Prof. Andre Faaij, Academic Director of Energy Academy Europe and distinguished Professor of Energy System Analysis at the University Groningen in the Netherlands is awarded with the Linneborn Prize 2015. The Linneborn Prize is awarded every year to an individual for outstanding merits in energy from biomass.
The award has been given at the European Biomass Conference and Exhibition for "Outstanding Contributions to the Development of Energy from Biomass". Prof. André Faaij is a top performer in his research areas and has dedicated a major part of his scientific career to the advancement of research on sustainable biomass supplies and utilisation. He is well aware of the opportunities and challenges of large scale bioenergy deployment and his focus is consistently on finding solutions to allow for a sustainable implementation of biomass valuechains. With his focus and enthusiasm for scientific research, he is a true motivator for PhD and fellow researchers, helping to boost both current and future biomass research.
He is a highly valued government advisor and contributor to IPCC, IEA, UN (Bio-energy, UNEP, FAO, UNIDO), EC, WEC, WEF, Energy sector, NGO's and more, often taking the lead in the activities. Previous positions include scientific directorate the Copernicus Institute for Sustainable Development at Utrecht University Utrecht.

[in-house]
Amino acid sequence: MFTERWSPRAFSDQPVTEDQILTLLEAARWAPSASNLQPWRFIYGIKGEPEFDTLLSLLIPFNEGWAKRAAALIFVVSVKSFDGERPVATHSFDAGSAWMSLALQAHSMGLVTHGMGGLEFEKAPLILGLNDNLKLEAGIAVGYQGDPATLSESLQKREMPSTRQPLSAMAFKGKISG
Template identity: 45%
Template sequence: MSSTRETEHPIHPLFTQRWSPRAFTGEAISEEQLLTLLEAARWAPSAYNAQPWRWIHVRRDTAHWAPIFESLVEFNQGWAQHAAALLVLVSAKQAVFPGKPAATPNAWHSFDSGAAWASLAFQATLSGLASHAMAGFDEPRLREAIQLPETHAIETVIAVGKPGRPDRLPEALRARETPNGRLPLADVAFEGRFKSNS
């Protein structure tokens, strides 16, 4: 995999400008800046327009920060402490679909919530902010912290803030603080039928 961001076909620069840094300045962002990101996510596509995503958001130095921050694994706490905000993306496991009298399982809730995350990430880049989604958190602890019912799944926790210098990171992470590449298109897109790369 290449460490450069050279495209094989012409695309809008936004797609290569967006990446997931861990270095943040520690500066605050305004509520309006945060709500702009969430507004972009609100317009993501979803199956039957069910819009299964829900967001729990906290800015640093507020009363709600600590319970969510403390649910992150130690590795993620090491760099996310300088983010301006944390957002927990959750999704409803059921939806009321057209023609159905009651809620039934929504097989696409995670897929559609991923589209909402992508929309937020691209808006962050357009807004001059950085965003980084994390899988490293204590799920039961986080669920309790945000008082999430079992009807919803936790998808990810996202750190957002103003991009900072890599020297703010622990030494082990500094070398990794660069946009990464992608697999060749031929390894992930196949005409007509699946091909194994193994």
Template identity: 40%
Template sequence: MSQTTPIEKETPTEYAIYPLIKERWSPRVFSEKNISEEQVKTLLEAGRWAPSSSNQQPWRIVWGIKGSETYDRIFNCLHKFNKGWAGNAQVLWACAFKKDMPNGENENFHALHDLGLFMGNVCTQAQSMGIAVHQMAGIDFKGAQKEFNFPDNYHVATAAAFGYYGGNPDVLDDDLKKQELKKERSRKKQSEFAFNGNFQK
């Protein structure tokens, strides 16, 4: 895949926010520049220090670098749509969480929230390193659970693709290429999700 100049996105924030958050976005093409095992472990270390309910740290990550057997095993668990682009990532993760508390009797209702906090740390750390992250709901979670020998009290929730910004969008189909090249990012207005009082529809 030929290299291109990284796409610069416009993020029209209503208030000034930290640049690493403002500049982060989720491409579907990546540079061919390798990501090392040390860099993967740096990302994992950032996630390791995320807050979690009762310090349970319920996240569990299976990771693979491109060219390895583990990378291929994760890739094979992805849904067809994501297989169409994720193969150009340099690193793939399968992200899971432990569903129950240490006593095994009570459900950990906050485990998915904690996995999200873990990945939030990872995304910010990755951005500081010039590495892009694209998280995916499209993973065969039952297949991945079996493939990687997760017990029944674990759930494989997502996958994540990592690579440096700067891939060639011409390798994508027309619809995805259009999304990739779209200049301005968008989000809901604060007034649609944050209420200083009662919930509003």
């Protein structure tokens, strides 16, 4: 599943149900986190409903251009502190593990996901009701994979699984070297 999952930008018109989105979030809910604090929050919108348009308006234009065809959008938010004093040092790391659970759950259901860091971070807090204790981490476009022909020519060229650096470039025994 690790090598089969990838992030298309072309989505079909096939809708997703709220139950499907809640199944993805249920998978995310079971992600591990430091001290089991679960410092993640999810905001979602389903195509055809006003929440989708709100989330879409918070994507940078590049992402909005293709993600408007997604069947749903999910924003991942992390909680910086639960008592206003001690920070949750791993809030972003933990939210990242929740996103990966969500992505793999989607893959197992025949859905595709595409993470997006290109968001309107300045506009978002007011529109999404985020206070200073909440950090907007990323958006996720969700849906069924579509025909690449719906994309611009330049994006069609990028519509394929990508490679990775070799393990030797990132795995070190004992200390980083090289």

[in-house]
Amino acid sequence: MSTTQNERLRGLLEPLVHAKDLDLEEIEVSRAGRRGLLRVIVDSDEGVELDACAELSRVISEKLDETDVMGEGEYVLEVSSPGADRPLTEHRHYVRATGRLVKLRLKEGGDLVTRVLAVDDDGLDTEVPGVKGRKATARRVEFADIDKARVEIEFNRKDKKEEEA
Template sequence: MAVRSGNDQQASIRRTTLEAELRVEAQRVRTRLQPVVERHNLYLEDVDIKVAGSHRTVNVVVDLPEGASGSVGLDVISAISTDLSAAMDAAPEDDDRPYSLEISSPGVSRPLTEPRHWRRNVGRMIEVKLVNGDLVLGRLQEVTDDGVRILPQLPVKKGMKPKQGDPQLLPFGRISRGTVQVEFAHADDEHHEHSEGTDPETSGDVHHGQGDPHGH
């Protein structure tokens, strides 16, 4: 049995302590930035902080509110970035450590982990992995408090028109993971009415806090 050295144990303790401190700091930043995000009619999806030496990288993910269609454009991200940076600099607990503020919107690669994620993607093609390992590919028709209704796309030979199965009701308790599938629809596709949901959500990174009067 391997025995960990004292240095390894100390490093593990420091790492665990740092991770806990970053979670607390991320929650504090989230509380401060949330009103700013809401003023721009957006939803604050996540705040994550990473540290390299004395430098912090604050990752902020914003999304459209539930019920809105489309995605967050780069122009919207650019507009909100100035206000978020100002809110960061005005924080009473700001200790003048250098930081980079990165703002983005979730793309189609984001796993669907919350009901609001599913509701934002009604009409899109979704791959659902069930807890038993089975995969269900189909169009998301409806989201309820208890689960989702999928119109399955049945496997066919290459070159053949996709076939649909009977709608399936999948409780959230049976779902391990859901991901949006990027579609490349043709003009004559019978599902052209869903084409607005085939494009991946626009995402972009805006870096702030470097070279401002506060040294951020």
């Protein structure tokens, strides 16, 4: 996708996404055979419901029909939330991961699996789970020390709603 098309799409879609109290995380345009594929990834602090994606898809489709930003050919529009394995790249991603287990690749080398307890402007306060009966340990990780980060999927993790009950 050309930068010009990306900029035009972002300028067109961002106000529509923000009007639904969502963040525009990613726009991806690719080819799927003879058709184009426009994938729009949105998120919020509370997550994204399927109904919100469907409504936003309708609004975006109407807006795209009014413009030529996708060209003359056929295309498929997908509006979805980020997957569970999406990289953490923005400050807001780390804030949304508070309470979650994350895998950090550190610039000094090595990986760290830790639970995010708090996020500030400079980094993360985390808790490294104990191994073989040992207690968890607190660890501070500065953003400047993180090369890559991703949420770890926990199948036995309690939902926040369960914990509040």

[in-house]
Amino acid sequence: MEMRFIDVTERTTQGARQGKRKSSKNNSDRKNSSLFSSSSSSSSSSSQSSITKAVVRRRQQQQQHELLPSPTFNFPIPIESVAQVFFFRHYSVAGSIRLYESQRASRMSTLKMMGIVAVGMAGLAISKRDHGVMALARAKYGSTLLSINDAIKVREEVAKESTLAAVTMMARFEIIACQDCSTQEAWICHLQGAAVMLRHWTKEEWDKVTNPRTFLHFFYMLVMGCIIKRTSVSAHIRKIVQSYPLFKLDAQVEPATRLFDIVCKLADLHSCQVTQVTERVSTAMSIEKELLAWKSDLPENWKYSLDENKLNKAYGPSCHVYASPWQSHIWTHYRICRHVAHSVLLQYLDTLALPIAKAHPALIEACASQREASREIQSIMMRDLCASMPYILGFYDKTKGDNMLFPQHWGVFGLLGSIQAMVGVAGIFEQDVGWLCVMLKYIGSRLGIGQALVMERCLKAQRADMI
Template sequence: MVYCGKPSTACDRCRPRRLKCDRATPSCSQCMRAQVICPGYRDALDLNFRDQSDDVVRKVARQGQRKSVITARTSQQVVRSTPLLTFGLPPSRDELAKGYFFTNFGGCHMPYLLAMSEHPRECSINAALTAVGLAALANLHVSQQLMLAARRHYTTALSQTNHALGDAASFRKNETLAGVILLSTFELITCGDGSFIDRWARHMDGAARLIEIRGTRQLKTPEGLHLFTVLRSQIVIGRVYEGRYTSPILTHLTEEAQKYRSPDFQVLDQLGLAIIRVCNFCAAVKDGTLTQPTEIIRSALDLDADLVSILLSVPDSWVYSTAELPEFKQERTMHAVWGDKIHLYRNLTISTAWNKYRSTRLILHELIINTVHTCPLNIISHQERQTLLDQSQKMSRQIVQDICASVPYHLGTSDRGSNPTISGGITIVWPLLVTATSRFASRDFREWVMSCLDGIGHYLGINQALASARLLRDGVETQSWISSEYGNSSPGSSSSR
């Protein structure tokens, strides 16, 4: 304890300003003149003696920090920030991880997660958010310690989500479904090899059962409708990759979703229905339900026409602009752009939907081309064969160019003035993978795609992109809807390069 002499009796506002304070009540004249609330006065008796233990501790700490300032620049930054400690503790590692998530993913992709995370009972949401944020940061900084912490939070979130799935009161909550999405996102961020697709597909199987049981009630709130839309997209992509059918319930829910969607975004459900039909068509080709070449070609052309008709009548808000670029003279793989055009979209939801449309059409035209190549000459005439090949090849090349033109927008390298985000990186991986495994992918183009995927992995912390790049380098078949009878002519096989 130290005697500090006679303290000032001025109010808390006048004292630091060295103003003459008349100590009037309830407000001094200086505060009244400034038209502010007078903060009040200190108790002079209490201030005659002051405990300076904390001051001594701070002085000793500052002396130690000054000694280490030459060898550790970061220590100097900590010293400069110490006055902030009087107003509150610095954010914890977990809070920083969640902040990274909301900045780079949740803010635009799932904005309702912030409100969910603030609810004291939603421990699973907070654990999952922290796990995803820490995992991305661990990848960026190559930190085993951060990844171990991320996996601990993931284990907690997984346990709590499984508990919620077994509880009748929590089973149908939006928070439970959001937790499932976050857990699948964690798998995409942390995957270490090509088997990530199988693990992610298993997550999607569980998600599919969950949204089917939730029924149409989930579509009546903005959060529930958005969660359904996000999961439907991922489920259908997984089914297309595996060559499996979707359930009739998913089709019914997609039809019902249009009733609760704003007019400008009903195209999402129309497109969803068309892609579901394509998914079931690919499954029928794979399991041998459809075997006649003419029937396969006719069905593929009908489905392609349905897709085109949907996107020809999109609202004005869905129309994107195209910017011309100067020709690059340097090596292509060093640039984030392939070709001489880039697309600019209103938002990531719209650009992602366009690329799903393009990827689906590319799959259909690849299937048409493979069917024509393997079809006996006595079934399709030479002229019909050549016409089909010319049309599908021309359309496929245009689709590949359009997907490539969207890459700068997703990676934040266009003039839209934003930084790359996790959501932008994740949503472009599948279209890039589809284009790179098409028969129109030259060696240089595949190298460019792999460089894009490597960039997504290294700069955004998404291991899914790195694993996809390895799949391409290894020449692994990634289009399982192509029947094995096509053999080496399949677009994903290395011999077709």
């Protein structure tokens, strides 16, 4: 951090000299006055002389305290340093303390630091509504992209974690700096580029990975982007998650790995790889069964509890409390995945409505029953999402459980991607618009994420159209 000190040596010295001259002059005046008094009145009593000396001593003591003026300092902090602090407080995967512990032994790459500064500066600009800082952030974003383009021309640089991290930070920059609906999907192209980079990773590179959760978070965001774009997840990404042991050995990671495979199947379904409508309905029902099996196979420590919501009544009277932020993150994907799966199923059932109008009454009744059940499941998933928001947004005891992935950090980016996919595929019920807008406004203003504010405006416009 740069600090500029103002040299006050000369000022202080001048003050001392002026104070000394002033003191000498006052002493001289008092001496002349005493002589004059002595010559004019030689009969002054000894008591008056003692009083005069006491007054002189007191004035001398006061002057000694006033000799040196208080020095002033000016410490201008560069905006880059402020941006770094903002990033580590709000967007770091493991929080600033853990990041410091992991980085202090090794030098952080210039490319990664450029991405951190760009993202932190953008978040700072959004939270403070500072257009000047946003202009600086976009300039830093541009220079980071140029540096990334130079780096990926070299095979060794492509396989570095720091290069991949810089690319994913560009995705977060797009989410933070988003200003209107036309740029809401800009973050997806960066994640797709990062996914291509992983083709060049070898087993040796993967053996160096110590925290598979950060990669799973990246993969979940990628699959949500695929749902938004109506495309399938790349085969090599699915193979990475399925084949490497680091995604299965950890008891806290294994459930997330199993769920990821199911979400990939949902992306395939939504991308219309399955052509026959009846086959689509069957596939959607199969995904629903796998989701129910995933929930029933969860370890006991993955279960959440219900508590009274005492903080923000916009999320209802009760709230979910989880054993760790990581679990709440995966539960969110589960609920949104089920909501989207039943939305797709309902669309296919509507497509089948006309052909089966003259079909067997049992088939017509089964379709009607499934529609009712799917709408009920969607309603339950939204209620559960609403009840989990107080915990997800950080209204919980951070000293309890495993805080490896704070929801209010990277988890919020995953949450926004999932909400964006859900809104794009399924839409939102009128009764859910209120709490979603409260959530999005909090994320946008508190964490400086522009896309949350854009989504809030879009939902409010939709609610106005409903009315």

The uniqueness of this award is two-fold. On theone hand, as a recognized ‘’field medal’’ it is a great recognition from the large global bioenergy community and scientific arena in the field and André is also the youngest of 17 laureates to date. On the other hand, the University of Groningen is the first institution that had the honour of two of its professors being awarded by the Linneborn Prize. In 2000, the late Prof. dr. ir. A.A.C.M. (Ton) Beenackers (chemical engineering) was awarded with the Linneborn Prize. Both laureates are linked; in 1997 Prof. Beenackers was a member of the Ph.D. committee of André Faaij.
The Dutch Research Council (NWO) has awarded 32 experienced researchers a Vici grant worth € 1.5 million each. Three of the awardees are conducting research at the University of Groningen (UG), and two at the University Medical Center Groningen (UMCG)...
Identifying individual animals is an important part of biological field research. But how do you distinguish between individual animals when you do not want to capture or mark them, or when they do not have clear markings in their fur and are so dangerous...